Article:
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  • Samantha Sendor

Cultural Cuba


48 hours in Havana and what a whirlwind! So much to explore, see, and do. There is really no place like Cuba; for ages, it has been the forbidden fruit for American travelers. Even today, many Americans don't realize that it is even possible go there. Is it a little complicated? Sure, I suppose, technically, but not in the way you'd think. Planning a trip to Cuba on your own is really out of the question, but after my experience with Cultural Cuba, a luxury travel management company specific to planning travel and experiences in Cuba (in a nutshell, this doesn't even begin to touch on what they actually do), I can say that there is no other way to go.

There are some technical requirements that a US tourist must adhere by in their travels to Cuba, most commonly under the category of "Support of the Cuban People," but you wouldn't even realize it, because the experiences that await are so enriching and colorful, it's really the only way to go. I've been all over the Caribbean, and never have I been to a place so uniquely its own in the best possible way. It's amazing to think such a place exists just ninety miles south of the US coastline. With several daily flights servicing direct flights from the New York area to Havana, it's a quick trip down, but you will feel worlds away.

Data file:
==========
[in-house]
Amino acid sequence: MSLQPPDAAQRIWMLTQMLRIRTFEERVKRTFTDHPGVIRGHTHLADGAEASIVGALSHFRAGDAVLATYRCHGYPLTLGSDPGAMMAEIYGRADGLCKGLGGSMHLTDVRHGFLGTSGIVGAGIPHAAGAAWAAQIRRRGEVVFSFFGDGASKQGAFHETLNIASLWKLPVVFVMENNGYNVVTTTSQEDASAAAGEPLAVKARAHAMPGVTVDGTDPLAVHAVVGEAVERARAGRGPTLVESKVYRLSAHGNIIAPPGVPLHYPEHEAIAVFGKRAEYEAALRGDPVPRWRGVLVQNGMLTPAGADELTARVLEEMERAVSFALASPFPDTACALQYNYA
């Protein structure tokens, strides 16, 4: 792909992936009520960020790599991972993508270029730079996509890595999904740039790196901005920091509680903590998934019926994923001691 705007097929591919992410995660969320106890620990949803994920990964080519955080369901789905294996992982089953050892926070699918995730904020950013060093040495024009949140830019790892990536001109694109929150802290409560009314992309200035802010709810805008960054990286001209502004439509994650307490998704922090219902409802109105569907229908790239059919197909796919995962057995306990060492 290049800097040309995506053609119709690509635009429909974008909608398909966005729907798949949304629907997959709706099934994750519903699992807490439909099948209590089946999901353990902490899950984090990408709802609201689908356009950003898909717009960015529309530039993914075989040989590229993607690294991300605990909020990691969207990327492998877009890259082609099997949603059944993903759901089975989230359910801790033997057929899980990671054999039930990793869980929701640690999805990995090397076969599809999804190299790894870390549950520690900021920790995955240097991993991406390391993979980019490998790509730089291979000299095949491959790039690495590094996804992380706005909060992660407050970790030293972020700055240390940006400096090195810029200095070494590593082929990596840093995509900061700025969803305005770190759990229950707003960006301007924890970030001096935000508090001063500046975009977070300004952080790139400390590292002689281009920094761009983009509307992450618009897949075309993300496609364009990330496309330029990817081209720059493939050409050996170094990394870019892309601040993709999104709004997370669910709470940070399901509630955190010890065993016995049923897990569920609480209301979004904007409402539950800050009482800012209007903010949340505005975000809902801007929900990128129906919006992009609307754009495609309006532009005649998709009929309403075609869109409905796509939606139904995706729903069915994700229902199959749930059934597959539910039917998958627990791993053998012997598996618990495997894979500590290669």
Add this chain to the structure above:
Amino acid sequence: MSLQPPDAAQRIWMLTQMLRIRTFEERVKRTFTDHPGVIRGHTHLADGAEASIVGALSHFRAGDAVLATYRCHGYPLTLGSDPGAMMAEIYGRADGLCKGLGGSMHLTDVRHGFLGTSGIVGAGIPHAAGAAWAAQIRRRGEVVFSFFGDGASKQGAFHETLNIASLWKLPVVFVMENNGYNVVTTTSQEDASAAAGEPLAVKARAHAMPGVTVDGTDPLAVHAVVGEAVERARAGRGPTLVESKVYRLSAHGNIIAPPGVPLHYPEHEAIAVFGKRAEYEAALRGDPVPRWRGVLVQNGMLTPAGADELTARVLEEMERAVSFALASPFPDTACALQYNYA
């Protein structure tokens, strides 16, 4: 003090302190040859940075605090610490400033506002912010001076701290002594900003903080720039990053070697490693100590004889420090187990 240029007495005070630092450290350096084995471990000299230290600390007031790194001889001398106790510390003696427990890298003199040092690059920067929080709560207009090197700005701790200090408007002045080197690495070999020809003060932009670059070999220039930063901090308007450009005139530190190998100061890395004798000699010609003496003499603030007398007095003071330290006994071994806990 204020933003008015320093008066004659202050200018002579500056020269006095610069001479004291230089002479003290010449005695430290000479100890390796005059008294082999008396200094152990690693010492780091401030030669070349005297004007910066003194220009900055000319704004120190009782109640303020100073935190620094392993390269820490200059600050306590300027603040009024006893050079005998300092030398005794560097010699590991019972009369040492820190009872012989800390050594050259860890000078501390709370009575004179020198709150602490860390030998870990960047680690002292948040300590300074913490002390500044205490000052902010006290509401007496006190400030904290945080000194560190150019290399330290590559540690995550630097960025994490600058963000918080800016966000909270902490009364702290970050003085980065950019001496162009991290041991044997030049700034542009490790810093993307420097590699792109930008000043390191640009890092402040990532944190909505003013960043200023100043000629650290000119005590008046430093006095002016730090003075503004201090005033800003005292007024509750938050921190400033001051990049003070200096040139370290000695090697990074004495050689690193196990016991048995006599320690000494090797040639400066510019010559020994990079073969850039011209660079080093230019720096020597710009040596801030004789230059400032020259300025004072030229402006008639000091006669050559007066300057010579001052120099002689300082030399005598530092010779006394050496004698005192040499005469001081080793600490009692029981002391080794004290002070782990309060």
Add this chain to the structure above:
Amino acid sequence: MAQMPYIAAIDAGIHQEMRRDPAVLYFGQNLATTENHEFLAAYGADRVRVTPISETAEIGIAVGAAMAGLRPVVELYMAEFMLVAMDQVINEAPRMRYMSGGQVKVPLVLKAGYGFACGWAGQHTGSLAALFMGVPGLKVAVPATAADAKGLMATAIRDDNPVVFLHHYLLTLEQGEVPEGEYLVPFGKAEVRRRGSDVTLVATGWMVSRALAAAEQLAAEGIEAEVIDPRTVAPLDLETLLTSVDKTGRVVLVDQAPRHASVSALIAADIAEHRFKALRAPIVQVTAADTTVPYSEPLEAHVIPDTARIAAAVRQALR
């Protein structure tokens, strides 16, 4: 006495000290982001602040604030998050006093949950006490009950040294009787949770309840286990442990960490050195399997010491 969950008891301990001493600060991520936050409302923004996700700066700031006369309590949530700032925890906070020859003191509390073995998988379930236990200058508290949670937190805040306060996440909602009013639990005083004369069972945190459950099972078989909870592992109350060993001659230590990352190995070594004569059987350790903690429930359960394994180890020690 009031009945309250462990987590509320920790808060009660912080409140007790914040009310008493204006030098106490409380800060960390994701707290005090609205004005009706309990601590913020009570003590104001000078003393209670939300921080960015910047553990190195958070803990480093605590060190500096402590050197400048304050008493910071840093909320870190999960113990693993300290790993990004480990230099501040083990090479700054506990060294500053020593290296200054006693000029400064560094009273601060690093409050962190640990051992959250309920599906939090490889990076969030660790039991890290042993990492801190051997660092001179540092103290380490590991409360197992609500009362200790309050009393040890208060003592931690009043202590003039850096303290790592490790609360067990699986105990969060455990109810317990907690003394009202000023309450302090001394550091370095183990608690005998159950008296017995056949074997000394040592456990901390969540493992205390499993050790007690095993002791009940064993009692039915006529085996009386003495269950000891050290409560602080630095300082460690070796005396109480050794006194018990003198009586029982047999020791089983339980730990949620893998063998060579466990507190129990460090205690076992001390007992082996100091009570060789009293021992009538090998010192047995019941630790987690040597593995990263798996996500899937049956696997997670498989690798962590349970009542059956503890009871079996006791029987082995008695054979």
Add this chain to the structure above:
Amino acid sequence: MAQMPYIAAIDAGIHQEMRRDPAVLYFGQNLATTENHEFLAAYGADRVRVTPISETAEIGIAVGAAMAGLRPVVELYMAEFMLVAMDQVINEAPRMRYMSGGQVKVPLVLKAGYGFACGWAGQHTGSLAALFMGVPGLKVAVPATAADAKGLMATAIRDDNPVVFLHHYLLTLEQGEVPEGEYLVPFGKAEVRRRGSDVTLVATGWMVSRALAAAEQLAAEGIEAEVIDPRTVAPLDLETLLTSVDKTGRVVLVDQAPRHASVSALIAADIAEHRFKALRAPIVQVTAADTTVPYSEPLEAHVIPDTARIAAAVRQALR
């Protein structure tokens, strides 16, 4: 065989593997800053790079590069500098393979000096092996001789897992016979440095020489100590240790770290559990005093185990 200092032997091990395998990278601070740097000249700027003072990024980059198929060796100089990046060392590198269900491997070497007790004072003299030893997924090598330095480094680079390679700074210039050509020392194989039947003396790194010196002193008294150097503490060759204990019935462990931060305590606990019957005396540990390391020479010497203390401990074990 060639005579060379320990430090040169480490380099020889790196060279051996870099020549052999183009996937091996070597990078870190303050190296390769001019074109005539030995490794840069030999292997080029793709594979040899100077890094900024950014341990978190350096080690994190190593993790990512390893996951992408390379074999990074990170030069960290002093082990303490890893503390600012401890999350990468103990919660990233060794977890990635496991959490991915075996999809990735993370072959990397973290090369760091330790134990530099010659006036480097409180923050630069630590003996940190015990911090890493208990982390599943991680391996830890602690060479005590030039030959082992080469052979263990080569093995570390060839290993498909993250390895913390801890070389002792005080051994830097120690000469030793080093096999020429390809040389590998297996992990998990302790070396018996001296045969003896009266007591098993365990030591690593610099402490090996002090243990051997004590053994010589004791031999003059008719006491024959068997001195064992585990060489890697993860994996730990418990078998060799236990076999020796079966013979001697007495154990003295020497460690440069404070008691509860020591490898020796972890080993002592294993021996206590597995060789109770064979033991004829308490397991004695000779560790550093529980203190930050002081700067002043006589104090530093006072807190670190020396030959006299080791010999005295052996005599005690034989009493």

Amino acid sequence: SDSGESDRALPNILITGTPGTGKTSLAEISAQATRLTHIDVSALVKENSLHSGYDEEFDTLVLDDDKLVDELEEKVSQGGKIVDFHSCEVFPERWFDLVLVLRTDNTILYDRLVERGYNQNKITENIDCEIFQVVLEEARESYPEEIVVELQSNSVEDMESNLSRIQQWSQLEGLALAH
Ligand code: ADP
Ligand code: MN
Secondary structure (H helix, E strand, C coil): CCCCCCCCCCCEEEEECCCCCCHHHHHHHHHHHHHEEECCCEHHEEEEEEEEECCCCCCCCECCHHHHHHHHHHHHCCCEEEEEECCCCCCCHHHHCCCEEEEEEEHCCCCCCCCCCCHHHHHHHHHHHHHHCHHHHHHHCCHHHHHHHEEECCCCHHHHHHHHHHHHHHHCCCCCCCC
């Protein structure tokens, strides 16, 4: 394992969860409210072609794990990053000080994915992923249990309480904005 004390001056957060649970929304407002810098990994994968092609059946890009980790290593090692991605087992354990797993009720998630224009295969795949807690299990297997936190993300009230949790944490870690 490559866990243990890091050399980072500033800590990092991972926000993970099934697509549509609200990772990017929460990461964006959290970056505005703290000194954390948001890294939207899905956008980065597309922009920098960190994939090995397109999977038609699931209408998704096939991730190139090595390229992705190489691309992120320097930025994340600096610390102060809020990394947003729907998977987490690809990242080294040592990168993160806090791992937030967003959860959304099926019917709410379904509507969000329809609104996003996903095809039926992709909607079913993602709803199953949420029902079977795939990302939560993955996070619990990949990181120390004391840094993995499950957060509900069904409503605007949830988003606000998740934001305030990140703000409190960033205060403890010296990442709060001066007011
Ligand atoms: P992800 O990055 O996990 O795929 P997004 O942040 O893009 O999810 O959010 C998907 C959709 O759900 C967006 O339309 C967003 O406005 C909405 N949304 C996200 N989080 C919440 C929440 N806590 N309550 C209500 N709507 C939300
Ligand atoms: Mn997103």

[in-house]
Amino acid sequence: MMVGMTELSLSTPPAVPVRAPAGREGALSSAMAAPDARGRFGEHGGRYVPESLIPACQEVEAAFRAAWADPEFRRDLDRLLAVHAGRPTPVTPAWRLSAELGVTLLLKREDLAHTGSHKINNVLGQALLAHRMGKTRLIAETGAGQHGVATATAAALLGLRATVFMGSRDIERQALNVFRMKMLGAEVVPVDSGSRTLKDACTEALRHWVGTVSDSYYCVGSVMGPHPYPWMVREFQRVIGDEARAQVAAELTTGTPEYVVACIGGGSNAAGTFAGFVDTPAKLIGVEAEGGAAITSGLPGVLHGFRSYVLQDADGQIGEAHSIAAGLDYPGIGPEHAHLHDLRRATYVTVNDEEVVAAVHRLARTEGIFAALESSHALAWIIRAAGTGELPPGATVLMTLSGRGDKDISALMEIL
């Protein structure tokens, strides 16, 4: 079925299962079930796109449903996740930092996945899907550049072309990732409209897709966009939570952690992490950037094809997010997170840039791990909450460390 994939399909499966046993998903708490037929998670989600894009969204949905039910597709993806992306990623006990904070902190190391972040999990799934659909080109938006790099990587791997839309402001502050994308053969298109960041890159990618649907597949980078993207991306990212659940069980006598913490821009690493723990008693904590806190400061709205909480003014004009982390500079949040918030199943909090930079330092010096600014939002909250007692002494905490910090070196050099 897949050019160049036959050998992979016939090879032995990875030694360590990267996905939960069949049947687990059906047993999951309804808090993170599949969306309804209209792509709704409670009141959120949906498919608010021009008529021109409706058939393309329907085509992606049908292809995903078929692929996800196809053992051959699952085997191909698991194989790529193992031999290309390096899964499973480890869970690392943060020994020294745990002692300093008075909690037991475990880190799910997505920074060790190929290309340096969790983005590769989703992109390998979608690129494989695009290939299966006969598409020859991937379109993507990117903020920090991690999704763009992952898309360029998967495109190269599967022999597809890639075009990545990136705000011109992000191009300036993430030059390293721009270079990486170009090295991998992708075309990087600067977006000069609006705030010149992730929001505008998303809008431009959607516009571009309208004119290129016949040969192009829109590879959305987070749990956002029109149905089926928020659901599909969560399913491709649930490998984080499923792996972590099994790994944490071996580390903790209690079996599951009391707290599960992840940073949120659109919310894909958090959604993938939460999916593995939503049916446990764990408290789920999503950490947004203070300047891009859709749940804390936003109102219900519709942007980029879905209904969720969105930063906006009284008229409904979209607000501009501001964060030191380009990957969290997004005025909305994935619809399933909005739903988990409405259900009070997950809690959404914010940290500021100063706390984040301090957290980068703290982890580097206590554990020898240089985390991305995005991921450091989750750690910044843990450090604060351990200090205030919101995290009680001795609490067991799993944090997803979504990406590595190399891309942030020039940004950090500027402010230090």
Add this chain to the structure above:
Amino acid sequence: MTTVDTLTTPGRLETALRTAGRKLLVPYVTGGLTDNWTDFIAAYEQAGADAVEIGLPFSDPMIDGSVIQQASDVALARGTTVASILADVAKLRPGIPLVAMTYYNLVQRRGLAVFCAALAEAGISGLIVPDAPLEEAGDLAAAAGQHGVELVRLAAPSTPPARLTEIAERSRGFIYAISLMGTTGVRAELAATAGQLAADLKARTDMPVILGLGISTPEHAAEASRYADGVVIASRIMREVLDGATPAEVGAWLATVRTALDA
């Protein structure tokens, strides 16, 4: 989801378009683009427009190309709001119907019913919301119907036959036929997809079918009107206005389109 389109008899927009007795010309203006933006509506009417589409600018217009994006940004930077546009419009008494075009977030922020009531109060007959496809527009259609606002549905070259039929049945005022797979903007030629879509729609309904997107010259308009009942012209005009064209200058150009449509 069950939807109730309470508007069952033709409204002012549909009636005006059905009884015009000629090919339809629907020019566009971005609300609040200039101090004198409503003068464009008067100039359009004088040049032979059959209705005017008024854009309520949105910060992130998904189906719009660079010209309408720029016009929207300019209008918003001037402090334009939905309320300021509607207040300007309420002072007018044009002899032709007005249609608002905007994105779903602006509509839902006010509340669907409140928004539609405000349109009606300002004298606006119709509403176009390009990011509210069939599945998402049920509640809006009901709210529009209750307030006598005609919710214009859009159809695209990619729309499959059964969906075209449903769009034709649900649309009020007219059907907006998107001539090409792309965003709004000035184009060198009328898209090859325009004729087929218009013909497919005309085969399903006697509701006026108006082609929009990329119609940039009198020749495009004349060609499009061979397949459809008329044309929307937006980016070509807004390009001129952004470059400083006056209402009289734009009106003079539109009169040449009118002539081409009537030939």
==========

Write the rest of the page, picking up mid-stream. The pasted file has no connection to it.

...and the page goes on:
First and foremost, you'll need your camera (or at least a very good lens on your mobile phone), because taking pictures of the Cuban landscape is addictive. Bright vintage cars bring a sense that you're in another period of time, and the surrounding architecture is diverse and Instagram worthy to the fullest. From there, the local flavors, arts, talent, cigars, and rum... absolutely unrivaled.

But back to Cultural Cuba for a second. They make the complicated nature of the political relationship between the United States and Cuba almost, dare I say, fortuitous, in the sense that they simplify the planning of getting there, but it is their expertise, first rate team on the ground, and strong relations that extend exclusive experiences that would otherwise be impossible to attain without them. From acquiring tourist visas, making reservations at the best hotels and hottest restaurants and clubs, and arranging interactive visits with local talent, nobody does it better.